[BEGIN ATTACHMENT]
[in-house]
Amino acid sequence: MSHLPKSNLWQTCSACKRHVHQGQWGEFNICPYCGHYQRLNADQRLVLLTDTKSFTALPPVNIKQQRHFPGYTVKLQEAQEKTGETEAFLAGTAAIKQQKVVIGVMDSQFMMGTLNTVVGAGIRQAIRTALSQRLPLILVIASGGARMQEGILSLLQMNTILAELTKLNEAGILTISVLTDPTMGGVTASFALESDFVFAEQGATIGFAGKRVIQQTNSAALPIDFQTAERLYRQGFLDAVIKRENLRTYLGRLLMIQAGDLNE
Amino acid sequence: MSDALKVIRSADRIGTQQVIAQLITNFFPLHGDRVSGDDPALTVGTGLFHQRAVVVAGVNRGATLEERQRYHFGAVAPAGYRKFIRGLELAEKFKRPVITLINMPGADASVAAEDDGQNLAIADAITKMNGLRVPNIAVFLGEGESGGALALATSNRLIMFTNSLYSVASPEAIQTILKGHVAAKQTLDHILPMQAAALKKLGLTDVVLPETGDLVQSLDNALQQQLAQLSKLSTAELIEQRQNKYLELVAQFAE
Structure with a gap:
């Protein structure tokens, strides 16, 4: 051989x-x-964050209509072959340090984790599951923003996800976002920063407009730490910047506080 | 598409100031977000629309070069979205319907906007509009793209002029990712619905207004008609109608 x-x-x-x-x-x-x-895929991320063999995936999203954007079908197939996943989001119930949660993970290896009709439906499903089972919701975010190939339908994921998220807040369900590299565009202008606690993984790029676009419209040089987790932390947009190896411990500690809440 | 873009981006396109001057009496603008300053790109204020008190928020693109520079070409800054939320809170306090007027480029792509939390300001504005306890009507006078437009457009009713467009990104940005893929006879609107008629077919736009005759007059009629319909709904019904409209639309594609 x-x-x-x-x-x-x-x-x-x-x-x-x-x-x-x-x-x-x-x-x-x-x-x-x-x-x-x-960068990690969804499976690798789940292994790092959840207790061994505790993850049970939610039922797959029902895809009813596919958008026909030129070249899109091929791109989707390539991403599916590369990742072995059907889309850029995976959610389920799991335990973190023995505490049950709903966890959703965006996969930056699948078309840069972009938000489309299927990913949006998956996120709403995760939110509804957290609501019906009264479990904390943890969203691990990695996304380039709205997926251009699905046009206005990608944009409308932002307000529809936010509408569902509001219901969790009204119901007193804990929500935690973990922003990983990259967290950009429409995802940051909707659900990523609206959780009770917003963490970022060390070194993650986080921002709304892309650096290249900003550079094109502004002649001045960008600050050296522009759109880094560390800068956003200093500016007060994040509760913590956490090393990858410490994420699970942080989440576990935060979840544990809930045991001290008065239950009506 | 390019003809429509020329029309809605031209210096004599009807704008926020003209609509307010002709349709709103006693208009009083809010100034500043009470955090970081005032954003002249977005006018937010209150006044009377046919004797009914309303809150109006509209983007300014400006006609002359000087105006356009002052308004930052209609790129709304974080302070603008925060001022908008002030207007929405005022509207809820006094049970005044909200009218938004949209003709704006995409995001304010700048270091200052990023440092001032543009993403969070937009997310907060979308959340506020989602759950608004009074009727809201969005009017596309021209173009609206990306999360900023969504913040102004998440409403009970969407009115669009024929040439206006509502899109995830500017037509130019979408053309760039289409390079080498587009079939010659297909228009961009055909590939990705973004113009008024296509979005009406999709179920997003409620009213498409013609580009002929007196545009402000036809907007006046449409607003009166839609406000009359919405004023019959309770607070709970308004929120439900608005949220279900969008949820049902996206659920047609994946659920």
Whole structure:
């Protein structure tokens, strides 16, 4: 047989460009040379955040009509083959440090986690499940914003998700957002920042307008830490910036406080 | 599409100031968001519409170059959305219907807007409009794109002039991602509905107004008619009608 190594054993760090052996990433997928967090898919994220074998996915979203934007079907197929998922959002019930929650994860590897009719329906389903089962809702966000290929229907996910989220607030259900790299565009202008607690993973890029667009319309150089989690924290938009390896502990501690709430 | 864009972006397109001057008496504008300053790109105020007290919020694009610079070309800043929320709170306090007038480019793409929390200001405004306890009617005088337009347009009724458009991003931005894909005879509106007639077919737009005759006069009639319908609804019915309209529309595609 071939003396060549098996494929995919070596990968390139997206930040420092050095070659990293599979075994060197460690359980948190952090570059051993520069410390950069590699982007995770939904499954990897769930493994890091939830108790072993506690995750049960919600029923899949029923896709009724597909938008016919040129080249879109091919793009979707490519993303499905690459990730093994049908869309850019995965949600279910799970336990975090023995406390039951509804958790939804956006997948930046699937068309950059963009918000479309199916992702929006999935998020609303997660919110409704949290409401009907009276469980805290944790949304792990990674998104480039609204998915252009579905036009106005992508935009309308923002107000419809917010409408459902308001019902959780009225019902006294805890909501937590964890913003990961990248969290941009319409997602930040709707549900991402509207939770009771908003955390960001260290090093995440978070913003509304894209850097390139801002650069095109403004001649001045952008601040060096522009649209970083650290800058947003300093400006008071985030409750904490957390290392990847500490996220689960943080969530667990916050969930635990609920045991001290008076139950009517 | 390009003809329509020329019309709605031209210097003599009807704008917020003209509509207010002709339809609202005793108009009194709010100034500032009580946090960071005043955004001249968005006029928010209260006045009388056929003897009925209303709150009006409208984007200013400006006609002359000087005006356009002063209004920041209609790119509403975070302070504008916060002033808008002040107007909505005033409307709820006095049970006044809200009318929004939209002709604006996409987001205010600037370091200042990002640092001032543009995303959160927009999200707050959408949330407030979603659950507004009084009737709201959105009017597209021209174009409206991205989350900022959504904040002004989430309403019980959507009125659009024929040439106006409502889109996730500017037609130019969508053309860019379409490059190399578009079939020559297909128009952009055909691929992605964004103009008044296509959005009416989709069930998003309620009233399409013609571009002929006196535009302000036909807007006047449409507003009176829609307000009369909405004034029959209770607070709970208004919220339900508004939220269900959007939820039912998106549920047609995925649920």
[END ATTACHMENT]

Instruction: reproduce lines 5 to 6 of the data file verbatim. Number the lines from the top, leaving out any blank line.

């Protein structure tokens, strides 16, 4: 051989x-x-964050209509072959340090984790599951923003996800976002920063407009730490910047506080 | 598409100031977000629309070069979205319907906007509009793209002029990712619905207004008609109608 x-x-x-x-x-x-x-895929991320063999995936999203954007079908197939996943989001119930949660993970290896009709439906499903089972919701975010190939339908994921998220807040369900590299565009202008606690993984790029676009419209040089987790932390947009190896411990500690809440 | 873009981006396109001057009496603008300053790109204020008190928020693109520079070409800054939320809170306090007027480029792509939390300001504005306890009507006078437009457009009713467009990104940005893929006879609107008629077919736009005759007059009629319909709904019904409209639309594609 x-x-x-x-x-x-x-x-x-x-x-x-x-x-x-x-x-x-x-x-x-x-x-x-x-x-x-x-960068990690969804499976690798789940292994790092959840207790061994505790993850049970939610039922797959029902895809009813596919958008026909030129070249899109091929791109989707390539991403599916590369990742072995059907889309850029995976959610389920799991335990973190023995505490049950709903966890959703965006996969930056699948078309840069972009938000489309299927990913949006998956996120709403995760939110509804957290609501019906009264479990904390943890969203691990990695996304380039709205997926251009699905046009206005990608944009409308932002307000529809936010509408569902509001219901969790009204119901007193804990929500935690973990922003990983990259967290950009429409995802940051909707659900990523609206959780009770917003963490970022060390070194993650986080921002709304892309650096290249900003550079094109502004002649001045960008600050050296522009759109880094560390800068956003200093500016007060994040509760913590956490090393990858410490994420699970942080989440576990935060979840544990809930045991001290008065239950009506 | 390019003809429509020329029309809605031209210096004599009807704008926020003209609509307010002709349709709103006693208009009083809010100034500043009470955090970081005032954003002249977005006018937010209150006044009377046919004797009914309303809150109006509209983007300014400006006609002359000087105006356009002052308004930052209609790129709304974080302070603008925060001022908008002030207007929405005022509207809820006094049970005044909200009218938004949209003709704006995409995001304010700048270091200052990023440092001032543009993403969070937009997310907060979308959340506020989602759950608004009074009727809201969005009017596309021209173009609206990306999360900023969504913040102004998440409403009970969407009115669009024929040439206006509502899109995830500017037509130019979408053309760039289409390079080498587009079939010659297909228009961009055909590939990705973004113009008024296509979005009406999709179920997003409620009213498409013609580009002929007196545009402000036809907007006046449409607003009166839609406000009359919405004023019959309770607070709970308004929120439900608005949220279900969008949820049902996206659920047609994946659920």
Whole structure: